Hardy Plumbing
November 15, 2006

Shelter Stories



/editorial/2006-11-15/64466.1.med.jpg
shadow
King (click for larger version)

/editorial/2006-11-15/64466.2.med.jpg
shadow
Spades (click for larger version)
Senior Dogs

Getting older isn't fun, particularly if you're a dog who's spent your life in what you thought was "your home and loving family." Suddenly, you're out. You find yourself in a cement run, usually unheated, with scores of barking strangers around you and no familiar human faces. How did this happen?

The dog doesn't know or understand and usually falls into a deep depression. What went wrong? Nothing. Too many people regard senior dogs as disposable items and decide to adopt puppies. My senior terrier mix — now 20, if you can imagine it — Mr. Ben, went through this and just gave up. He stayed in the back of his kennel cage and was deemed unadoptable. I took him only hours before he was going to be euthanized. He became a companion dog for my mother in 1992 — she had a serious stroke — and has lived a long and happy life.

The plight of senior dogs can't be brought home enough. RSVP has two great ones — Spades, a female Lab mix with a great face. She's housebroken, healthy, loves to play ball and loves children. She's very well trained. What's she doing without a home? Alone. Spending long, lonely days in the Riverhead Animal Shelter. Please call RSVP about this wonderful dog. (631) 728-3524. Spades is seven or eight with many good years ahead of her, if the right person comes along.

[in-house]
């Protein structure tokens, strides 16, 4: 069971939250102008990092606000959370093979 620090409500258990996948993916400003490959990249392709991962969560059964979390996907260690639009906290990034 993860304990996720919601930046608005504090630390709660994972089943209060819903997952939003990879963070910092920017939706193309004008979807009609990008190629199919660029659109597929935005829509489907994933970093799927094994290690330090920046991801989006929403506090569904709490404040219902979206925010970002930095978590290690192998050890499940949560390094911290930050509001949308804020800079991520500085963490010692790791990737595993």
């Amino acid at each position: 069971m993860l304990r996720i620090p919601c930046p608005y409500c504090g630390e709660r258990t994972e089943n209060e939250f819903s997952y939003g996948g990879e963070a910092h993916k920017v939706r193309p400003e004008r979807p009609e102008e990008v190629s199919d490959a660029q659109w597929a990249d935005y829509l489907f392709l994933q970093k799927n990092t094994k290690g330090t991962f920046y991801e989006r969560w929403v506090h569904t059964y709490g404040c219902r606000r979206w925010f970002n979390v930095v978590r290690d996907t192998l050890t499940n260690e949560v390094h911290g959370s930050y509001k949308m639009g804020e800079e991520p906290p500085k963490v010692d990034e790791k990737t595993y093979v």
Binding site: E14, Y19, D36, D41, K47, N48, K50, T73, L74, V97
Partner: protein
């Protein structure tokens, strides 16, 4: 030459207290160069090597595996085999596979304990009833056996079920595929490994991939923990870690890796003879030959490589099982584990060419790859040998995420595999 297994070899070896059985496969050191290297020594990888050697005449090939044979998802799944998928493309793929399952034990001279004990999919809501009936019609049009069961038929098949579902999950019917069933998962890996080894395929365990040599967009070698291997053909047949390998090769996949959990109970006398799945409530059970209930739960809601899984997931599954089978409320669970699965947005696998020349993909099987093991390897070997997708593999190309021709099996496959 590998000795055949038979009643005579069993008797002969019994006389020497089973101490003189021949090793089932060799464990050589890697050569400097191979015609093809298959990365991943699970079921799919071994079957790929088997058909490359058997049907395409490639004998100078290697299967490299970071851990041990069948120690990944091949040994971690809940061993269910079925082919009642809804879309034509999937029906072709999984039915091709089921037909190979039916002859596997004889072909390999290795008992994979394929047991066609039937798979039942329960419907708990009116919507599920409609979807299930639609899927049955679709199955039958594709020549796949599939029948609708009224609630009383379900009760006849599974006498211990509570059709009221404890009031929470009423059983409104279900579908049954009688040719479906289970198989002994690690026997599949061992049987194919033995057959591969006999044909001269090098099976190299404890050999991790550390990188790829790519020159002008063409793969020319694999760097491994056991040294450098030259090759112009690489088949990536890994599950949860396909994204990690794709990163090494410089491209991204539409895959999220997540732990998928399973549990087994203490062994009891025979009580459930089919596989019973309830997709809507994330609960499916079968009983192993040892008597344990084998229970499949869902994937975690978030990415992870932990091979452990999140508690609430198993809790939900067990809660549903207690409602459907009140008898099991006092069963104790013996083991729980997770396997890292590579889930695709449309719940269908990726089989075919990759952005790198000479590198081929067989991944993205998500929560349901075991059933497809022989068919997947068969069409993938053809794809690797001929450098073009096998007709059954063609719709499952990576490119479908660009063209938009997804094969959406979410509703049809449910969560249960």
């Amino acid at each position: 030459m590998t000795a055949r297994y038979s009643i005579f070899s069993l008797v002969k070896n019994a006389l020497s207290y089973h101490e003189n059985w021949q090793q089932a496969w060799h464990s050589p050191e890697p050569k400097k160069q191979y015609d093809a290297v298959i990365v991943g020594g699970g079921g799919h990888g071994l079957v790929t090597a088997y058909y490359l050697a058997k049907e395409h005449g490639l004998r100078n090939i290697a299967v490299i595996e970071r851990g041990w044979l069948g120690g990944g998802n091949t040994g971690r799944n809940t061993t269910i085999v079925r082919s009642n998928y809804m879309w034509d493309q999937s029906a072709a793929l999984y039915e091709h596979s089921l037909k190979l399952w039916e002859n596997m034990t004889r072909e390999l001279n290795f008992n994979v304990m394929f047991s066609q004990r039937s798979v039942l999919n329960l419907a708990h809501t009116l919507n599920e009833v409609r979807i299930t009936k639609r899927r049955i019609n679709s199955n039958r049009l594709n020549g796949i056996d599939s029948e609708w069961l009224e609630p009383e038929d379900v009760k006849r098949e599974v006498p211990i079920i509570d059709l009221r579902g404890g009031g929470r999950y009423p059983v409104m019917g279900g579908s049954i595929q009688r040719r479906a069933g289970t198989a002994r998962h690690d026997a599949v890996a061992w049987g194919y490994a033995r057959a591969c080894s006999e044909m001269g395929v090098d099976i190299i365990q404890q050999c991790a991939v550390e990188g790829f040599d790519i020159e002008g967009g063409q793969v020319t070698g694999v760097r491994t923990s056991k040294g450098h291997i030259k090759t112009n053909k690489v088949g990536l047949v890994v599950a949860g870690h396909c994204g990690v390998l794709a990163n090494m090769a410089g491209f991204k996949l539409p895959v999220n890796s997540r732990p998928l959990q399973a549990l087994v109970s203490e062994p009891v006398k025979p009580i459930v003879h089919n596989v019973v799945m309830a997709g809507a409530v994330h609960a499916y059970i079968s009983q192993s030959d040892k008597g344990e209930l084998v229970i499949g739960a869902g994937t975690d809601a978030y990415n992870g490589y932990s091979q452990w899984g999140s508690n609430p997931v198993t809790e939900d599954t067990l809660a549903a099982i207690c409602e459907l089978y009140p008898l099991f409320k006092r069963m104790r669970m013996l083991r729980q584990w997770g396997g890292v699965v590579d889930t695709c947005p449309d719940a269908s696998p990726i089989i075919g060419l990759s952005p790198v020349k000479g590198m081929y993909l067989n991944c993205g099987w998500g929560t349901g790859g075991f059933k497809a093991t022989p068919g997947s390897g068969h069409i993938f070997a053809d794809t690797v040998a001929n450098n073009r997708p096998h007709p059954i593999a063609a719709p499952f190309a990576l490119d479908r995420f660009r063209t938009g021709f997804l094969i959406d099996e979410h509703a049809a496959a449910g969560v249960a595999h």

Then there's Summer. She's a seven-year-old, tri-colored female Shepherd mix and weighs 40 pounds. She's more like my Mr. Ben — not doing well without a real home. Spades is trying her best to make a go of it but abandonment for a dog is horrible. They live to please us. Please get in touch with RSVP and see these dogs.

Seniors Snooper and Pooh, who had been abused, have wonderful new homes. You remember them. Pooh has gained weight and has gotten over his depression. Seniors are so grateful to be wanted again. You won't regret giving one a home. And they're trained and know the ropes — making it easy for you.

Update: Holly, the beautiful cat from last week, was adopted. But Kisses, the dog who lived her life on a short chain in a junkyard, is still with Dr. Archer at the Riverhead Animal Hospital. She's a young dog, Boxer with a touch of Pit, and was named Kisses by the police and Humane Society that saved her life. Contact RSVP about her. They're screening applicants carefully. Poor Kisses never had a chance in life. The adoption has to be a good one. And think senior. You'll never regret it. I didn't with my Mr. Ben.

Site Search


Lang
2107 Capeletti Front Tile
Gurney's Inn